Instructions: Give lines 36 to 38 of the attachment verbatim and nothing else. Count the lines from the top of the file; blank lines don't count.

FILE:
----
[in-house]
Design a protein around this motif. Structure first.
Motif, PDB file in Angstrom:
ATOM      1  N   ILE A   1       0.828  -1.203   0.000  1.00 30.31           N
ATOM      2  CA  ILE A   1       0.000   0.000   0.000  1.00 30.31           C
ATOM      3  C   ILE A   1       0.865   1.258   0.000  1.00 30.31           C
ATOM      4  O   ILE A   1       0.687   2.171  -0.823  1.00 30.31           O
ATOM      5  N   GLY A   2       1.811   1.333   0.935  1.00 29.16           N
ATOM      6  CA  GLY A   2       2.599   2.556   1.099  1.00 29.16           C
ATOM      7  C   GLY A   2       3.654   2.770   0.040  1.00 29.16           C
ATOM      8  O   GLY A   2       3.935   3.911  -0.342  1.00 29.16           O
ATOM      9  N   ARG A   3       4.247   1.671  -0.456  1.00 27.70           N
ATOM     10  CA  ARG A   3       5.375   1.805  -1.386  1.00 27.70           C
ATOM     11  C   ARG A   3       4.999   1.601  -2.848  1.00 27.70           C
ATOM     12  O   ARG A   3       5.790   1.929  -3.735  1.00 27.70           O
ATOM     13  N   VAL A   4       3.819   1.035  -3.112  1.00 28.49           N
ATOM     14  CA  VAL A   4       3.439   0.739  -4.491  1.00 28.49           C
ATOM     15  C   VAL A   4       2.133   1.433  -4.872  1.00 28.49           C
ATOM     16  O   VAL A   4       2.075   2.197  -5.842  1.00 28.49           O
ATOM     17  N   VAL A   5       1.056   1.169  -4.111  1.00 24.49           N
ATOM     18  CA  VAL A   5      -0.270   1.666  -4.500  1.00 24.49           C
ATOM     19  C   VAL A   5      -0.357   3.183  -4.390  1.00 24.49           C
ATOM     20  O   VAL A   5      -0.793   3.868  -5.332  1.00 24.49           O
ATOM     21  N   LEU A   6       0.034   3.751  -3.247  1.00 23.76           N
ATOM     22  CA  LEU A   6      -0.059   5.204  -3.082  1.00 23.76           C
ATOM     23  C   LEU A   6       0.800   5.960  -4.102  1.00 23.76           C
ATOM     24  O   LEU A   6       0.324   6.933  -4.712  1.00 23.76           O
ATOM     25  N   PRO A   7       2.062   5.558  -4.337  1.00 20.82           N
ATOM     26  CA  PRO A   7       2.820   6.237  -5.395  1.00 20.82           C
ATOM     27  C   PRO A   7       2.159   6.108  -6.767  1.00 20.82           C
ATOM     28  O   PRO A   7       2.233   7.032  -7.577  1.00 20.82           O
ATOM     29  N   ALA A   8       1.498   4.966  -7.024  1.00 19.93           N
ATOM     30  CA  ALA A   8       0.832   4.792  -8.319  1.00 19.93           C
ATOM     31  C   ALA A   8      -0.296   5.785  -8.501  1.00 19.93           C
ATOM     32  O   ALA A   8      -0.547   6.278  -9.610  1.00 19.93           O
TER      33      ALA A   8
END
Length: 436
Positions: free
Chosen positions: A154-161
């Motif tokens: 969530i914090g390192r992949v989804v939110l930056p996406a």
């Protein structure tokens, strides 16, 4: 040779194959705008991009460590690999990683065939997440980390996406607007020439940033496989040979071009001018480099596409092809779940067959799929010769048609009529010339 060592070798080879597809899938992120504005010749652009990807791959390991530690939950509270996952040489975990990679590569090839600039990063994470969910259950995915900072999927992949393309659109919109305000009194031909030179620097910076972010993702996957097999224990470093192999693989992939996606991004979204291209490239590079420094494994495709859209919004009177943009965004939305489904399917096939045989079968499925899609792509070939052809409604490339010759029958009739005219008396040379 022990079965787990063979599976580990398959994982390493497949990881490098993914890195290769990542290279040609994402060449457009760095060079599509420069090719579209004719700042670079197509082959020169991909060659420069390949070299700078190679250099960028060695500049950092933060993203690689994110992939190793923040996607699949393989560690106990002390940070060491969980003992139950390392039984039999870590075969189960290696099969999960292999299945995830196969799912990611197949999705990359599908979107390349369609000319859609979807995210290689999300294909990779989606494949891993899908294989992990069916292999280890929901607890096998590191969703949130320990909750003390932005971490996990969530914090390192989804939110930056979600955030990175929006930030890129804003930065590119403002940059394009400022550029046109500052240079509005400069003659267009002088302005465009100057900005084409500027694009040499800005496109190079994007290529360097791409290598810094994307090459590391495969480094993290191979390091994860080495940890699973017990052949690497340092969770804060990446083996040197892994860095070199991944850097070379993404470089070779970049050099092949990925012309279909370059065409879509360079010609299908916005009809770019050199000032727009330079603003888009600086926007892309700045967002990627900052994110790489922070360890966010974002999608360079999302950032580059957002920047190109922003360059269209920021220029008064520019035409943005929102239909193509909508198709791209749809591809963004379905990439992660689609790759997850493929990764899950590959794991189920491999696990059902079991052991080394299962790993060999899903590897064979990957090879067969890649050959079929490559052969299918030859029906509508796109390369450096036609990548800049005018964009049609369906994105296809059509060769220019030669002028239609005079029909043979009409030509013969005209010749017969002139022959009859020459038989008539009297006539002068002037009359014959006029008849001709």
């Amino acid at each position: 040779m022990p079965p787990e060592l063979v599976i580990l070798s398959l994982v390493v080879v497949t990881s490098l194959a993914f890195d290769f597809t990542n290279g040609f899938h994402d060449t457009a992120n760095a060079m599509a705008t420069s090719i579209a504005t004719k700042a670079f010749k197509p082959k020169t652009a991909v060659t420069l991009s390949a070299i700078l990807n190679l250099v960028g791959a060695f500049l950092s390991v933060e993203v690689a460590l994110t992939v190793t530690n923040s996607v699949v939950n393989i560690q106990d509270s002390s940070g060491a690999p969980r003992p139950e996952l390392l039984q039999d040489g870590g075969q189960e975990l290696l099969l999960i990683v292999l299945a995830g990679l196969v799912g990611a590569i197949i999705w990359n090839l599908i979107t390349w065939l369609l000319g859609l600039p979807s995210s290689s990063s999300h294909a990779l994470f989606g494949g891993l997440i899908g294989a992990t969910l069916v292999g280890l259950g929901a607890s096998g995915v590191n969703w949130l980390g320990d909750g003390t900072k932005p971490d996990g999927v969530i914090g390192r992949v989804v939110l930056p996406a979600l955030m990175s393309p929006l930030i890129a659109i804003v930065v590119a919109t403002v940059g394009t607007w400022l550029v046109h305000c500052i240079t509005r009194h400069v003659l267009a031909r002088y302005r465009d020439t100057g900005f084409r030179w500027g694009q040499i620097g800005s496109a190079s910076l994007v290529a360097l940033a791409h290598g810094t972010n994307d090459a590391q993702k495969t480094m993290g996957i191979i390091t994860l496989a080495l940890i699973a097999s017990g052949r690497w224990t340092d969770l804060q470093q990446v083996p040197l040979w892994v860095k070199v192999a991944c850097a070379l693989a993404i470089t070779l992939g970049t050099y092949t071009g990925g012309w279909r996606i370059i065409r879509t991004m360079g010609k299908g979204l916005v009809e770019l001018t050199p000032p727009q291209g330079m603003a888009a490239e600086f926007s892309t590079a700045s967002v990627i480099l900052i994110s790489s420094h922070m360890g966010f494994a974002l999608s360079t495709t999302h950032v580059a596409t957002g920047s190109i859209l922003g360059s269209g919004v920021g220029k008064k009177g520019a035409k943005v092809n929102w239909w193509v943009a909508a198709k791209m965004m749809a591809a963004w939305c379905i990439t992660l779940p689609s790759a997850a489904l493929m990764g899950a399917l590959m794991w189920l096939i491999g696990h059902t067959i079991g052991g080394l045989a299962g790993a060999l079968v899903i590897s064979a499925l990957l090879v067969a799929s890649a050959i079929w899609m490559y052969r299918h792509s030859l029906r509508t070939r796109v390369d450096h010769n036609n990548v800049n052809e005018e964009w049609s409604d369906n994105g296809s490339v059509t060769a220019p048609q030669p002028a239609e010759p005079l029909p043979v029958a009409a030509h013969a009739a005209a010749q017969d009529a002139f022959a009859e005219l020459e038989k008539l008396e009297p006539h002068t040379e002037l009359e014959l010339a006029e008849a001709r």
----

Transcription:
TER      33      ALA A   8
END
Length: 436